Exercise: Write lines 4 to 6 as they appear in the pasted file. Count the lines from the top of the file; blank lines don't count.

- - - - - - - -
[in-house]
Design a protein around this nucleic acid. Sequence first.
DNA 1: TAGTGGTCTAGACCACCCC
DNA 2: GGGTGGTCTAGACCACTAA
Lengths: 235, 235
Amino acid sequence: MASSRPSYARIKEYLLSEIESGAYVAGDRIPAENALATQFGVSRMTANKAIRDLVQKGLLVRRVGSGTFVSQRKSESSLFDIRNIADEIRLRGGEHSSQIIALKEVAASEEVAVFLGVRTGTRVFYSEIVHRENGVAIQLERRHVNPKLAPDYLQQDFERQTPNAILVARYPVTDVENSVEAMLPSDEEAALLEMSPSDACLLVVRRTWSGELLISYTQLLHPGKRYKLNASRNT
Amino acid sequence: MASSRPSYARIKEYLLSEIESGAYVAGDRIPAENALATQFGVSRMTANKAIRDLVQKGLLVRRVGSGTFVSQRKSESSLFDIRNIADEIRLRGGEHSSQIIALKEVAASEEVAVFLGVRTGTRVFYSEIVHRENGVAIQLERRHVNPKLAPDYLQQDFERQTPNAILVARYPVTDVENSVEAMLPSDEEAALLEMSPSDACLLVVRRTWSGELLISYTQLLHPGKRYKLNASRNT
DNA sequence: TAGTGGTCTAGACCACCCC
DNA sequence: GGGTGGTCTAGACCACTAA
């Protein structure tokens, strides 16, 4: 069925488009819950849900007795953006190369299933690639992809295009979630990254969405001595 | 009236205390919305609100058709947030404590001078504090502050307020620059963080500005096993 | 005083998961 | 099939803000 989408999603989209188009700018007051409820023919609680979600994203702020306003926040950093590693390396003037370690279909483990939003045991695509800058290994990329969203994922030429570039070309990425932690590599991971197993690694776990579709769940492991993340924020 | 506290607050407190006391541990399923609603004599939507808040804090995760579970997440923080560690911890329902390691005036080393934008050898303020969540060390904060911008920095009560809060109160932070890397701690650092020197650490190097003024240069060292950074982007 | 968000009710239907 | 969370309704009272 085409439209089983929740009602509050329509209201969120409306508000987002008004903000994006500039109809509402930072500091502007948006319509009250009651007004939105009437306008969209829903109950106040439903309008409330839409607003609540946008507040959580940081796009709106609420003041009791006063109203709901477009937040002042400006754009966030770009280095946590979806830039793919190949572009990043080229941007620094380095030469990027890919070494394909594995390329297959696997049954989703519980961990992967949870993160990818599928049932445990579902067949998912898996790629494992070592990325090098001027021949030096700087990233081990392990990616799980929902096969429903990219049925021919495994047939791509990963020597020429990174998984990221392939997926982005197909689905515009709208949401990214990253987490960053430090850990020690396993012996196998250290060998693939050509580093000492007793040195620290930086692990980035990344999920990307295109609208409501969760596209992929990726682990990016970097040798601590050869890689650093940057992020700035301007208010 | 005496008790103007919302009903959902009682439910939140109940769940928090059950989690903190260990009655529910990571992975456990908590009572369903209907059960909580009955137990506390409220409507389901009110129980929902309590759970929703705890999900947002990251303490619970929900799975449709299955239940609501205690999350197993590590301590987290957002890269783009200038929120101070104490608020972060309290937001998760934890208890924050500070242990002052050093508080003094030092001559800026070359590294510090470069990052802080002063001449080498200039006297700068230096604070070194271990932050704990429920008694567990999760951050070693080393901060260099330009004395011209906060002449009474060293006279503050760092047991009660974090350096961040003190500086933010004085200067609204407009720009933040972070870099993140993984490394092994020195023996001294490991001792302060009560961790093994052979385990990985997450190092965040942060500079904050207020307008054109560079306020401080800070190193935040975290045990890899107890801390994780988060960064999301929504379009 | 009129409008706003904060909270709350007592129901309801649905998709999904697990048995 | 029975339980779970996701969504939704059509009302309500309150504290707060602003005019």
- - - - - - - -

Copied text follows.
DNA 2: GGGTGGTCTAGACCACTAA
Lengths: 235, 235
Amino acid sequence: MASSRPSYARIKEYLLSEIESGAYVAGDRIPAENALATQFGVSRMTANKAIRDLVQKGLLVRRVGSGTFVSQRKSESSLFDIRNIADEIRLRGGEHSSQIIALKEVAASEEVAVFLGVRTGTRVFYSEIVHRENGVAIQLERRHVNPKLAPDYLQQDFERQTPNAILVARYPVTDVENSVEAMLPSDEEAALLEMSPSDACLLVVRRTWSGELLISYTQLLHPGKRYKLNASRNT